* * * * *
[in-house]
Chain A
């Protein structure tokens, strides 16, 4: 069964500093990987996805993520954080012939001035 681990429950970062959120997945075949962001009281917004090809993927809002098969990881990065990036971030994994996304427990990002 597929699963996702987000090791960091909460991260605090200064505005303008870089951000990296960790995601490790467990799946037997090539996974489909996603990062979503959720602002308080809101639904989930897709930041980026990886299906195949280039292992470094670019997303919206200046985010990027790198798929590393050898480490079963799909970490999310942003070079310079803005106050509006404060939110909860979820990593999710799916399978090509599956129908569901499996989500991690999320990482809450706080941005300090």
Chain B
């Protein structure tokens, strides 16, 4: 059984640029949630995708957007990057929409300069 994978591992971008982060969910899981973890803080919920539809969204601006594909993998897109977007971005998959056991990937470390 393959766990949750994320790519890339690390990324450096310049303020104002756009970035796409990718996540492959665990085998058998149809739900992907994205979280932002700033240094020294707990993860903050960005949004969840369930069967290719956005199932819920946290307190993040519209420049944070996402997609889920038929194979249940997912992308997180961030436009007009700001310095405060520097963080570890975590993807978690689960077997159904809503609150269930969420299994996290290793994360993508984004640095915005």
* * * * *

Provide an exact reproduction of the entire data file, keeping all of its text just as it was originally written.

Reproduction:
[in-house]
Chain A
């Protein structure tokens, strides 16, 4: 069964500093990987996805993520954080012939001035 681990429950970062959120997945075949962001009281917004090809993927809002098969990881990065990036971030994994996304427990990002 597929699963996702987000090791960091909460991260605090200064505005303008870089951000990296960790995601490790467990799946037997090539996974489909996603990062979503959720602002308080809101639904989930897709930041980026990886299906195949280039292992470094670019997303919206200046985010990027790198798929590393050898480490079963799909970490999310942003070079310079803005106050509006404060939110909860979820990593999710799916399978090509599956129908569901499996989500991690999320990482809450706080941005300090």
Chain B
């Protein structure tokens, strides 16, 4: 059984640029949630995708957007990057929409300069 994978591992971008982060969910899981973890803080919920539809969204601006594909993998897109977007971005998959056991990937470390 393959766990949750994320790519890339690390990324450096310049303020104002756009970035796409990718996540492959665990085998058998149809739900992907994205979280932002700033240094020294707990993860903050960005949004969840369930069967290719956005199932819920946290307190993040519209420049944070996402997609889920038929194979249940997912992308997180961030436009007009700001310095405060520097963080570890975590993807978690689960077997159904809503609150269930969420299994996290290793994360993508984004640095915005």